Parly committee demands answers over Joburg woman wearing a headscarf being refused a firearm licence
A parliamentary committee has demanded to know why a Joburg woman was refused a firearm licence because she wore a headscarf.
The chairperson of the portfolio committee on police, Tina Joemat-Pettersson, has sought urgent answers as to why Maleeka Sayed’s gun licence application was denied.
“If true, this allegation is a direct affront to the democratic values of human dignity and freedom contained in the Bill of Rights.
“The allegation undermines the right to equality which is clear that ‘the state may not unfairly discriminate directly or indirectly against anyone on one or more grounds, including race, gender, sex, pregnancy, marital status, ethnic or social origin, colour, sexual orientation, age, disability, religion, conscience, belief, culture, language and birth.”
Joemat-Pettersson said the portfolio committee on police had urgently written to the senior management of the SAPS to provide a report with reasons that led to the refusal of the licence.
“If the allegation is proven to be correct, then serious consequence management must be implemented,” said Joemat-Pettersson.
Sayed, who lives in Benoni, Gauteng and first applied in July 2020 for her licence said: “Twice in the recent past my father was hijacked outside our gate as he went for Salat al-fajr (dawn prayers). If I had my licence I could have shot in the air to scare the hijackers away using my gun.”
“At the beginning, there were delays due to Covid-19, which I understood.
“On January 21 (Colonel Godi) Msindo phoned me and said he had a problem with my application picture as I was wearing my headscarf. I tried to explain about my religious beliefs as well as religious responsibility, and he said he would try to explain to his supervisors.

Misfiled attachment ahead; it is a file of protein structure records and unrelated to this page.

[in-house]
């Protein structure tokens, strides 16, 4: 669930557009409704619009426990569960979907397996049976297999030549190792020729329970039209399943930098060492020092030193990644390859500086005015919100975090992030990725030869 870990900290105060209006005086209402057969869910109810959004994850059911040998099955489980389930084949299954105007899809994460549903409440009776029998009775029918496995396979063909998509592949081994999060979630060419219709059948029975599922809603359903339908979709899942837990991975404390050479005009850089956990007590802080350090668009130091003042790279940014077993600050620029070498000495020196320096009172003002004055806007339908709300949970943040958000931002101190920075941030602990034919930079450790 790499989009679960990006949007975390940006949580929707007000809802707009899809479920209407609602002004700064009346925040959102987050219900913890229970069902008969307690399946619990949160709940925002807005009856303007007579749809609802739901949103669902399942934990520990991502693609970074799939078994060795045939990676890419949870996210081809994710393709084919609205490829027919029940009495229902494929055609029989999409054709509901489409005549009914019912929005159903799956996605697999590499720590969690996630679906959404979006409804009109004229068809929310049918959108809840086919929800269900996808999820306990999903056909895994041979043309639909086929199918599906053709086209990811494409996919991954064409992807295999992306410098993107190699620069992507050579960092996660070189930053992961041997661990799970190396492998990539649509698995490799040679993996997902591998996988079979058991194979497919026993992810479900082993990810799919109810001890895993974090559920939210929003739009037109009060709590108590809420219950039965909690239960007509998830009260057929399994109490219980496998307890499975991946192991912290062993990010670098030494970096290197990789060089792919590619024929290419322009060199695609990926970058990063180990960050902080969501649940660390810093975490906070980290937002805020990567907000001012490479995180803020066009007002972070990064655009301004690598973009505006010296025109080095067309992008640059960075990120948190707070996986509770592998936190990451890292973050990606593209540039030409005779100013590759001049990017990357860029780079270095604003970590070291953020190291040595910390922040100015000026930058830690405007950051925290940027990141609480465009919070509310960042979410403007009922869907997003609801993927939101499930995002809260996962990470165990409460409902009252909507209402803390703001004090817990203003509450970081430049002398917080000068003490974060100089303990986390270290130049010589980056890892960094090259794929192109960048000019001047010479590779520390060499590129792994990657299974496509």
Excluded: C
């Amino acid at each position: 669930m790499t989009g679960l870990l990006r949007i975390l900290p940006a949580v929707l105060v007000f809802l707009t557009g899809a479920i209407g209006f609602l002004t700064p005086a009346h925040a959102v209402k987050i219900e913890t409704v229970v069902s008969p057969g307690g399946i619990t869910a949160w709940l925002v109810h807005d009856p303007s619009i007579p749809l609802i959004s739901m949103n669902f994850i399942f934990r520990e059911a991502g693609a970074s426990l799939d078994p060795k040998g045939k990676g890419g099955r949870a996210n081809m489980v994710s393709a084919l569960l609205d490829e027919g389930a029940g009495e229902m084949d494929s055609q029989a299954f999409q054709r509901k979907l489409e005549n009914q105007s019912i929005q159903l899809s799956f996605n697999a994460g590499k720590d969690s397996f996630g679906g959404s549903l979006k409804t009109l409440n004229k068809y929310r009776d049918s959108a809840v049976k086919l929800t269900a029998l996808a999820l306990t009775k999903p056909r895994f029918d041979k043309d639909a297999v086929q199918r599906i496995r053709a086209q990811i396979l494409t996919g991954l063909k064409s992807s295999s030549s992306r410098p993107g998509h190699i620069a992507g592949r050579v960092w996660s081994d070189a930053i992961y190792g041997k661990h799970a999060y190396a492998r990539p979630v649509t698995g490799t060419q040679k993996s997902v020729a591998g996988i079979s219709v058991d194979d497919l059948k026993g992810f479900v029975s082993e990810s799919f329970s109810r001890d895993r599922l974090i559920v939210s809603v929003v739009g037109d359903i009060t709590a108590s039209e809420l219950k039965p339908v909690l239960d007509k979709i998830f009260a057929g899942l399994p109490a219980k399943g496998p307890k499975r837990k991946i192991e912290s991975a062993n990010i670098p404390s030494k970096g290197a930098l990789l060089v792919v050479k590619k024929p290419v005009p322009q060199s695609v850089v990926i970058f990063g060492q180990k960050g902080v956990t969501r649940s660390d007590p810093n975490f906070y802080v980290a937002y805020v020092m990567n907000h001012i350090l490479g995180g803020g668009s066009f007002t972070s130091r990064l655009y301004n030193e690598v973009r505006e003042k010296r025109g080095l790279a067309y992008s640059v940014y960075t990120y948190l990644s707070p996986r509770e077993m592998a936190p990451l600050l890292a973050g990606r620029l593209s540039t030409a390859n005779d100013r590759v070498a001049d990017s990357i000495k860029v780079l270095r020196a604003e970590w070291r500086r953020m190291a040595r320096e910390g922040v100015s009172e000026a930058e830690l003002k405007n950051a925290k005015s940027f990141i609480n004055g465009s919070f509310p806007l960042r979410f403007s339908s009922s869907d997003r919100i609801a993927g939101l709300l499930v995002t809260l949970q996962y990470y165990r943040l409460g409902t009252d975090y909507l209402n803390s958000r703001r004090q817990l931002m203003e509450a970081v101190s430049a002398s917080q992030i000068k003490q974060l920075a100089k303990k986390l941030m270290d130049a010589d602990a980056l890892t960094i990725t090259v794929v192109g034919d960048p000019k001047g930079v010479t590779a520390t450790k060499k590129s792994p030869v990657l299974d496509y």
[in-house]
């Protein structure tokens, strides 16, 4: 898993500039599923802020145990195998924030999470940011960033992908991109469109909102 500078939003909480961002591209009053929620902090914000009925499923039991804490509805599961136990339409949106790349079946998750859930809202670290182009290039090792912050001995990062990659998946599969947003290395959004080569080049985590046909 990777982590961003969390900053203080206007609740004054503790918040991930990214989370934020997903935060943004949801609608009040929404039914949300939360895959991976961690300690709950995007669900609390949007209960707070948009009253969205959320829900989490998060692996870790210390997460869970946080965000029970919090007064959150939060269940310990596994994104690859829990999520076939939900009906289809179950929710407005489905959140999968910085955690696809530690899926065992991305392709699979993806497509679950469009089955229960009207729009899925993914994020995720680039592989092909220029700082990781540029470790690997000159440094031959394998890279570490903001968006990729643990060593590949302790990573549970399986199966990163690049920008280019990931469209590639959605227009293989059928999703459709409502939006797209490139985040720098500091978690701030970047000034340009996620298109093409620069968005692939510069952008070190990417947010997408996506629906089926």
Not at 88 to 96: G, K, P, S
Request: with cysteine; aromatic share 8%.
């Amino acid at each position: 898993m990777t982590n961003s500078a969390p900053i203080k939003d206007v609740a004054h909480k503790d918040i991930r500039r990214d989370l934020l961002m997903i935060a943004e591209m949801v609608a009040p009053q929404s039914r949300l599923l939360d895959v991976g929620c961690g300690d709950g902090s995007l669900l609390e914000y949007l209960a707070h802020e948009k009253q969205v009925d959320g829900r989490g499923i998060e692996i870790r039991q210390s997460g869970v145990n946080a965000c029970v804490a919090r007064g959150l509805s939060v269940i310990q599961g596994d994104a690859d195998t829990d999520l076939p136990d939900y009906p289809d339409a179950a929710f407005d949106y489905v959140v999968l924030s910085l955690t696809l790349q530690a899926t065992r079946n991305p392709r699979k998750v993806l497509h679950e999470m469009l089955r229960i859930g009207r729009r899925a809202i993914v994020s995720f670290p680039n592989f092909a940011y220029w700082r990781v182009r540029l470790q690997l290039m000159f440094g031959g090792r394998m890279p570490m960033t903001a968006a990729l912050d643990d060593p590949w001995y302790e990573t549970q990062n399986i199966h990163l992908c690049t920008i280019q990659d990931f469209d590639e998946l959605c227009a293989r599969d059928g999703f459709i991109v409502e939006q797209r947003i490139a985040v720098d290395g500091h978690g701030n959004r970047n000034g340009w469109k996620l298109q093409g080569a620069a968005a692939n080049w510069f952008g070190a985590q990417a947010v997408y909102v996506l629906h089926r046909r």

“My application was moved to consideration, the last step in the licence approval process, and a few days later refused.
“On February 8, I phoned Msindo and he told me that there was nothing wrong with my application/motivation. However, he said it was most probably rejected because of the headscarf.
“I am a Muslim woman who has worn a headscarf when applying for my ID card, passport as well as for my firearm competency and at none of those times was my headscarf a problem.
Following Msindo’s response, Sayed wrote an email to the office of the national commissioner of SAPS Brigadier Ali Mathebula.
Mathebula responded to Sayed: “The complaint is noted and is being investigated through SAPS complaints nodal point.”
SAPS spokesperson Brenda Muridili said: “The complaint received was forwarded to the Visible Policing division to deal with it further.